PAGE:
Dealing with Damage

Despite not being military or part of any diplomatic corps, my family and I move frequently. We moved in 2010, and then in 2012 – not counting the two additional moves within the same town from one temporary flat to another and then into the house we bought, and now we are moving again later this year. We’ve been trying to declutter to avoid moving unpacked boxes from one house to the next, but we realized that we had to finally close out and submit our damage claim from our big move in 2012 before we moved again in 2014.

We had delayed submitting the claim because as mentioned before, we had moved several times in 2012 and decided to wait till we had received all of our things from the move from America to Germany to submit one big claim. In retrospect, that probably wasn’t the best idea. In fact, what I took away from the experience is that it is best to submit the claim as soon as possible while you are still feeling incensed that your beloved leather dining sofa has never-before-seen cuts in parts of the leather or a favorite side table now has three legs less.

Broken Nightstand

Our move from America back to Germany was a completely different experience from when we had moved from Germany to America. Our German movers had carefully wrapped and packed our Ikea shelves so that when they arrived in California, they were in the same condition as before. When the same shelves came back to Germany, several of them had missing parts, chunks of particle board missing and backs that were coming off. While moving Ikea furniture is not the best standard-bearer, it was nonetheless an accurate example of the differences in these moves.

Here are some tips for dealing with any damages that might occur during your next expat move.

  • Photos and Spreadsheets: Even though we took a prolonged period of time to submit our damage claim, we had diligently taken photos of every damaged object and kept detailed notes on a shared spreadsheet. It also helped that I had kept all of the receipts for our furniture in a folder from which we could look up the original purchase price and base our replacement or repair claims on. If we hadn’t done this, we would have definitely forgotten most of what had been broken, disfigured or how much any of our stuff was worth. Also, it is best to capture the damages when they are fresh. With time, the stains fade, the indentations become less pronounced, and you stop seeing the scratches on your once pristine dresser. Just be sure to keep track of where the photos are such as by creating a folder on your computer or uploading them immediately onto a photo share site or a Dropbox folder. Photos taken on your mobile phone are OK so long as you can see the damage clearly.
  • 300 Threshold: The good thing though about Ikea furniture is that replacing it will not cost an arm or a leg nor will it be difficult to find a replacement for it at any Ikea in the world. Often, Ikea furniture costs below €300. Once we had finally submitted our claim, an independent assessor came to our house and examined any damage that was above the €300 mark. It was then that I realised how foolish it was to have listed all of our Billy bookshelves as one item that was valued at €450. If we had listed them individually and spread out the total damage we were claiming next to each individual shelf, our request would have been granted automatically without any extra inspection.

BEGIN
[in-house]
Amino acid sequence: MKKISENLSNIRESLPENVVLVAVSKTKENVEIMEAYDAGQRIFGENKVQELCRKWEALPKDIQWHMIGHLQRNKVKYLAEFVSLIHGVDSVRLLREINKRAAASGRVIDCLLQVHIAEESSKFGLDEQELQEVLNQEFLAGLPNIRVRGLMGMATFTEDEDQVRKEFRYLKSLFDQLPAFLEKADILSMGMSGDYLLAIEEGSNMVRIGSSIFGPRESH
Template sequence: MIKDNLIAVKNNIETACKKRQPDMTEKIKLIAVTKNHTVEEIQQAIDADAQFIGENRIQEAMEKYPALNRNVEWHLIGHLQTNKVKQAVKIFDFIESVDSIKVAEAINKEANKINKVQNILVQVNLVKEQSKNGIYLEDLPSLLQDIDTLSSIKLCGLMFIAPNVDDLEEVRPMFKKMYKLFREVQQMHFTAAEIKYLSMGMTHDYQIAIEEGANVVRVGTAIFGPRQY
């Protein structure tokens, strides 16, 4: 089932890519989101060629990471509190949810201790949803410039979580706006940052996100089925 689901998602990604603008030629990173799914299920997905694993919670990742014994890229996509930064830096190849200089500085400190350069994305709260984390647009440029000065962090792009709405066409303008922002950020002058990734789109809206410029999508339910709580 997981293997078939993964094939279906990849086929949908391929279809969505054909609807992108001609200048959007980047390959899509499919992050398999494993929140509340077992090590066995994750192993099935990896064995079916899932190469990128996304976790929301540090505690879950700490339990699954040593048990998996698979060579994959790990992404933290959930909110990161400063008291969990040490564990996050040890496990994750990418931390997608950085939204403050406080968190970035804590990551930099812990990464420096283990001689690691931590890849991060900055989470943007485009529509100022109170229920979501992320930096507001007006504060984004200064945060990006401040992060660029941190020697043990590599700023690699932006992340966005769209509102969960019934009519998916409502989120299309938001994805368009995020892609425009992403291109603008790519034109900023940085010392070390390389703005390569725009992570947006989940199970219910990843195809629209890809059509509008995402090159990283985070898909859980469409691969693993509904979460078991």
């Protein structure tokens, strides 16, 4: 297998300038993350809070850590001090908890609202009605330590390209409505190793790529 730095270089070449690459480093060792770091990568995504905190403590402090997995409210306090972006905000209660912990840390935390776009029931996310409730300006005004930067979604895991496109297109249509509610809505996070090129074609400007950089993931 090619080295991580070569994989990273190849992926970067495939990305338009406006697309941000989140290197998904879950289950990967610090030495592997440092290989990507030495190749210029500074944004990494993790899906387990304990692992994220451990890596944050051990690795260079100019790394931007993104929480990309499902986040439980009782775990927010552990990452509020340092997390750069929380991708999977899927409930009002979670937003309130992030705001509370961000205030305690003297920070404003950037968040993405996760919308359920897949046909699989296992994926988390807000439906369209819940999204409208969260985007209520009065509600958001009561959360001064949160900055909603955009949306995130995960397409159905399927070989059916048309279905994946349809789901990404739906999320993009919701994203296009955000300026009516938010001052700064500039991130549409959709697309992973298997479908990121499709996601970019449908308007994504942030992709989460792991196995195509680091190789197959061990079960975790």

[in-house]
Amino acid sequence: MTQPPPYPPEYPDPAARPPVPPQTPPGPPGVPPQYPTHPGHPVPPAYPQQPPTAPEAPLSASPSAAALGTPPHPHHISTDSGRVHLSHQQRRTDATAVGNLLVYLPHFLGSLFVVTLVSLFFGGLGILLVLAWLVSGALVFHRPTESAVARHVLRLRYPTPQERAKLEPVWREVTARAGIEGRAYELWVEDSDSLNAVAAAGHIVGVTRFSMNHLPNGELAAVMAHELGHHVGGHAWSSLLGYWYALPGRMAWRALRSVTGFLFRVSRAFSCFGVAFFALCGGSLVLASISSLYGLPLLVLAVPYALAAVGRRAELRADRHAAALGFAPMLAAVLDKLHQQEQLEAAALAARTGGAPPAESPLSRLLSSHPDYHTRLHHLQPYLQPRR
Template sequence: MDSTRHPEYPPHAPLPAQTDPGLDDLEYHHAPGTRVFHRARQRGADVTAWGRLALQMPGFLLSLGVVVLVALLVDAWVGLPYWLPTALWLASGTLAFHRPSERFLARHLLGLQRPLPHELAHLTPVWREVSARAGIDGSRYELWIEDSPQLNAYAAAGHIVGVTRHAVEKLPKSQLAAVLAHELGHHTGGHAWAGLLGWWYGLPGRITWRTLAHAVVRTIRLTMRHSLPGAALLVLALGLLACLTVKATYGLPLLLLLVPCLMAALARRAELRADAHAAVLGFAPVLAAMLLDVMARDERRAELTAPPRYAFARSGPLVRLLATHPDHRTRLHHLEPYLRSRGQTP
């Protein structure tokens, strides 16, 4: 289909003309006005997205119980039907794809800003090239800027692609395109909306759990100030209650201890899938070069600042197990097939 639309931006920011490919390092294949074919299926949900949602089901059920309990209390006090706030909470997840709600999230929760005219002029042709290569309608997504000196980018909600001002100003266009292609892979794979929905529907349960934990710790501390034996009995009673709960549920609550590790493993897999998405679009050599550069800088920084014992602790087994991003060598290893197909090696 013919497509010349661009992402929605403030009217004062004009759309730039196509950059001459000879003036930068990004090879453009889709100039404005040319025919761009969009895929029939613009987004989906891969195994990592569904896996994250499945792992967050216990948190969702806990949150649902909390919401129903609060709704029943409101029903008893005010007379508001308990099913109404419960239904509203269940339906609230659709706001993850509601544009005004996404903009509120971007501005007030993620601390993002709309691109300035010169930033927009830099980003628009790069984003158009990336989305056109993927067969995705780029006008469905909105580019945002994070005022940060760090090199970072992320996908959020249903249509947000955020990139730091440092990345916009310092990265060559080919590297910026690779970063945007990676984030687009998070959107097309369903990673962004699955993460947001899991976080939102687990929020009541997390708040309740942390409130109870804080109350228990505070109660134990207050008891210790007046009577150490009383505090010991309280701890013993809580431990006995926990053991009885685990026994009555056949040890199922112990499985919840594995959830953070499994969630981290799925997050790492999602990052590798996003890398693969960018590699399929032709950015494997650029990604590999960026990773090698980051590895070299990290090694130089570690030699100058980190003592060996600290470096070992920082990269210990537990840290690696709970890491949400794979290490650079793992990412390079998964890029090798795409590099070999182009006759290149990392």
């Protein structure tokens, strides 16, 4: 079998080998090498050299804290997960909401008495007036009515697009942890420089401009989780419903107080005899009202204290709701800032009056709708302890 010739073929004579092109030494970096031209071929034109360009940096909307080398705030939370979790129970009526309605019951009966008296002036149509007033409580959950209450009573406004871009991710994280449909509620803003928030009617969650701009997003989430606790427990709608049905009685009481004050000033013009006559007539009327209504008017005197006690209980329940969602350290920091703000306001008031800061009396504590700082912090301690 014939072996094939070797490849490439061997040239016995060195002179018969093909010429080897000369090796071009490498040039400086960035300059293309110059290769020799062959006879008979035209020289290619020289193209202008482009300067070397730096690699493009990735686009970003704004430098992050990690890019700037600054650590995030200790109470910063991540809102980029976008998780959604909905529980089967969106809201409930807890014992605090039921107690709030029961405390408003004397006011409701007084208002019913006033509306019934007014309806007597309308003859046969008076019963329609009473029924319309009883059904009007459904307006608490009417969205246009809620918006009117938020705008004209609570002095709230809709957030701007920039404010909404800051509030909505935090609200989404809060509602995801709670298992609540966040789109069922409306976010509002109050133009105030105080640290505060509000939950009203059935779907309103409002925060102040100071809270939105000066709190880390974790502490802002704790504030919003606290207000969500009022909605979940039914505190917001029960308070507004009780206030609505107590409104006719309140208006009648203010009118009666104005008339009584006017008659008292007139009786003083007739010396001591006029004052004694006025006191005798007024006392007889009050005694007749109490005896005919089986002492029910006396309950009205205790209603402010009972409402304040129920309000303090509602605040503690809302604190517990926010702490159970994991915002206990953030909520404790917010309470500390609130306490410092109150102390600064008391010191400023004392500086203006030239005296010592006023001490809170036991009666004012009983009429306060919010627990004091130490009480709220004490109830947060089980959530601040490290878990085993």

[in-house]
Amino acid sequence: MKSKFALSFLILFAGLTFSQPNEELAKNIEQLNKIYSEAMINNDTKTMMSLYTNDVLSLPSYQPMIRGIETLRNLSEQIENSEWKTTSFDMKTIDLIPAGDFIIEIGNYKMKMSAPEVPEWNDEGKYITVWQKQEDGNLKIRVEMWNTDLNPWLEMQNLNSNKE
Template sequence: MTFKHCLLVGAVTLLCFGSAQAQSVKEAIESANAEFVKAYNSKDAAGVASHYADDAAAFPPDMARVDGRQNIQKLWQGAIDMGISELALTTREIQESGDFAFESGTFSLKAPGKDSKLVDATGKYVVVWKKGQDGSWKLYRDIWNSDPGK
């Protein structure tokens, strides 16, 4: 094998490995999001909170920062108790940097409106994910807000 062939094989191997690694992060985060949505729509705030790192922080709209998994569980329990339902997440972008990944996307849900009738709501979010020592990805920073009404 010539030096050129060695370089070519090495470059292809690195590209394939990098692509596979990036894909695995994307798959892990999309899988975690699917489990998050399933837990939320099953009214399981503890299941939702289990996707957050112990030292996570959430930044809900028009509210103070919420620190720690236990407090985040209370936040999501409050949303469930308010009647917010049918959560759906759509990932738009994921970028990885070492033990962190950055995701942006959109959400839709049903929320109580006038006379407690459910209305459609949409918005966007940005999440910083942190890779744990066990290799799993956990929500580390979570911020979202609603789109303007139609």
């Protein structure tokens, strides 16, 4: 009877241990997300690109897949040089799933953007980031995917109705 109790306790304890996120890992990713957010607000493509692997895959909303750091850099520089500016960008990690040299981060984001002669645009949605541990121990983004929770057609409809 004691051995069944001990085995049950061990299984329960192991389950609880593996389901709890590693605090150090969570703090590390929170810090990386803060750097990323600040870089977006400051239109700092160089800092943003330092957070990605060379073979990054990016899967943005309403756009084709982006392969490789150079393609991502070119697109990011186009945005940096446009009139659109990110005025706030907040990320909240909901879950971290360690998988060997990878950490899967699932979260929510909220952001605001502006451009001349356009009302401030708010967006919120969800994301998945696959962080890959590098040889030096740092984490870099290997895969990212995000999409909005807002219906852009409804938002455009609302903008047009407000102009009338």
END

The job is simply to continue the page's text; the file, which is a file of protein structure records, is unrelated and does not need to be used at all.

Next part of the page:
• Settlement: Don’t expect full replacements. Even though several high value items worth several thousand euros were damaged, we learned that if you could still sit on it and not obvious (i.e., you had to point out where the damage was), it is highly unlikely to be granted enough for a full replacement. Most likely the assessor will suggest a settlement based on your damage claims and purchase prices which is subject to approval by the insurance company. If you waited nearly two years like we did, you will be grateful for a four-figure deposit on any point of the spectrum which brings me to the next point.
  • Submit ASAP: As I mentioned earlier, if we had submitted earlier on, it would have been easier to display and convey the amount of emotion and distraught to emphasize how upset or angry we initially were that our pretty new furniture was now imperfect. As it was, it was hard to find some of the damages since they had faded in some way and I had stopped seeing them. I felt almost sheepish at this point, especially since our furniture was no longer so new.

At the end though, as long as you keep scrupulous notes and make fair assessments, you should be able to walk away with some decent compensation. You might also have a skilled carpenter/handyman as part of your moving team who could literally smooth away some of your damages so that you can more easily move forward with life in your new home.

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